Feeling concerned and anxious is normal emotional response but when your fear starts to dominate you and hinders your normal life then it is time to consider taking medical help. Anxiety disorder is a condition that can trigger conditions like panic disorder, social anxiety disorder, phobias, and worries for no reason. It is a cluster of mental illnesses, which make sufferers live in constant and overwhelming fear.

Now, you have decided to seek help from licensed therapist but for this you will need to find one. Often, you ask friends or family for recommendation but talking about going to a mental health professional is a bit challenging. People discuss medical treatments but hardly talk about seeking therapy. As it is your first time, you too are finding it uncomfortable to ask around openly for guidance.

Tips to find a professional therapist for anxiety disorder treatment

Evaluate options available

First step is to find what options are accessible near your residence. People residing in major metropolitan areas are likely to have hundreds of licensed therapists in terms of proximity. On the other hand, in rural areas the options are limited. How to evaluate your options? –

  • Medical professionals – Consult your family physician because they may possibly have a little experience in handling mental health problems. They may even recommend you to a qualified therapist, who can help you.

As the doctor is your family physician, he/she is well aware about your experiences and this may offer a great insight of which therapist is suitable for your specific symptoms.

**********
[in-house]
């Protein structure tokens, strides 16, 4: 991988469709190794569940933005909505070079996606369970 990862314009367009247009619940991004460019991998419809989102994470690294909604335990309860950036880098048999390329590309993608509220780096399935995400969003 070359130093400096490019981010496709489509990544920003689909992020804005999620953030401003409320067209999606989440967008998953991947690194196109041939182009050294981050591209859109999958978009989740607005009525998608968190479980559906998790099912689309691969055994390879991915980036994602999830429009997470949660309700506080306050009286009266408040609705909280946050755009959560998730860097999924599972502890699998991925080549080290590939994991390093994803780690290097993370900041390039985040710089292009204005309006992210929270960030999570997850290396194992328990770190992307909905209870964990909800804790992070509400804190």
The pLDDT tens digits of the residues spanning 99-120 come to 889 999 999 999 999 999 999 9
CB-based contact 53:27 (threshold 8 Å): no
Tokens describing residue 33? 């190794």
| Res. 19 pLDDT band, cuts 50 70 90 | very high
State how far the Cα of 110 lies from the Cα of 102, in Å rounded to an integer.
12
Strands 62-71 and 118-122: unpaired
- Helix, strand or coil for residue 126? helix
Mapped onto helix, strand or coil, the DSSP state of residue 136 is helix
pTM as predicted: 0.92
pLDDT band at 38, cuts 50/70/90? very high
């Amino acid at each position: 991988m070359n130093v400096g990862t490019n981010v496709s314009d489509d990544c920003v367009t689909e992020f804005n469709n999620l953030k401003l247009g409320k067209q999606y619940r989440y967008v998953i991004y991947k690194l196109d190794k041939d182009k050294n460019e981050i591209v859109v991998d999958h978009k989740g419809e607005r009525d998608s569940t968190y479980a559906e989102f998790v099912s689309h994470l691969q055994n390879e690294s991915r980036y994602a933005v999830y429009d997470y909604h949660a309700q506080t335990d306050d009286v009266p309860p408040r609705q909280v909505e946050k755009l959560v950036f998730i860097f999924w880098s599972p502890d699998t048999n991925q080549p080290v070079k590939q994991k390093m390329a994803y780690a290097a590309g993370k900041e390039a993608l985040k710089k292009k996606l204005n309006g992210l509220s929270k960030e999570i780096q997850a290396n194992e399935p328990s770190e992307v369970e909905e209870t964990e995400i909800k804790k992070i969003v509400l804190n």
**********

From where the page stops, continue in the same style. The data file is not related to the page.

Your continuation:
• College clinical services – Many universities and colleges offer counseling services to the college students on the campus. However, college clinical services have their constraints like students get to attend specific number of sessions prior they get referred to a community therapist.

If you are fortunate then these limited sessions can help you handle your anxiety disorder symptoms. They offer comprehensive symptom report and refer a good therapist near your residence, so that you can continue your treatment for a long time, if necessary.

  • Online resources – If you are not a college student then internet search is the best option. Look for a psychiatrist, psychologists, or clinical social workers near your residence.

You can even visit mental health related websites and look for therapists who specialize in treating mental illnesses. You will get a list but make sure to perform a thorough research before consulting.

  • Insurance provider – Your insurance provider can help because they have a list of therapists and can help you find the specialist you need around your area.

Choosing whom to see

You have more than a single viable option. So, now is the time to narrow your list and determine whom to see.

  • Must have experience in treating anxiety disorder symptoms.
  • Make use of evidence-based therapies and approaches.
  • Consider the payment options like how much the session costs
  • Does your insurance cover this specific therapist? How many visits get covered? What are deductibles?

Face to Face communication

After you found and chose a therapist, it is time to see whether the specific one is right for your treatment. In-person evaluation, if you feel you can trust, respect and believe then go for it. In 3 to 4 sessions you will determine, if the therapist is right or not. Make sure that you prepare a question list and bring it in your first session. The therapist will keenly answer your questions.

Making the final decision

You followed the above steps and found a therapist but you have doubts if this is the right one. Remember mental illness treatment is a slow procedure, so never write-off therapist o your still bothering symptoms. Discuss this clearly and they will reframe their approach. Even after the conversation there is no improvement then consider to look for another therapist.

Hope this a good start to find a right therapist. Remember that, you are not stuck with a specific therapist, if you feel it is necessary to switch.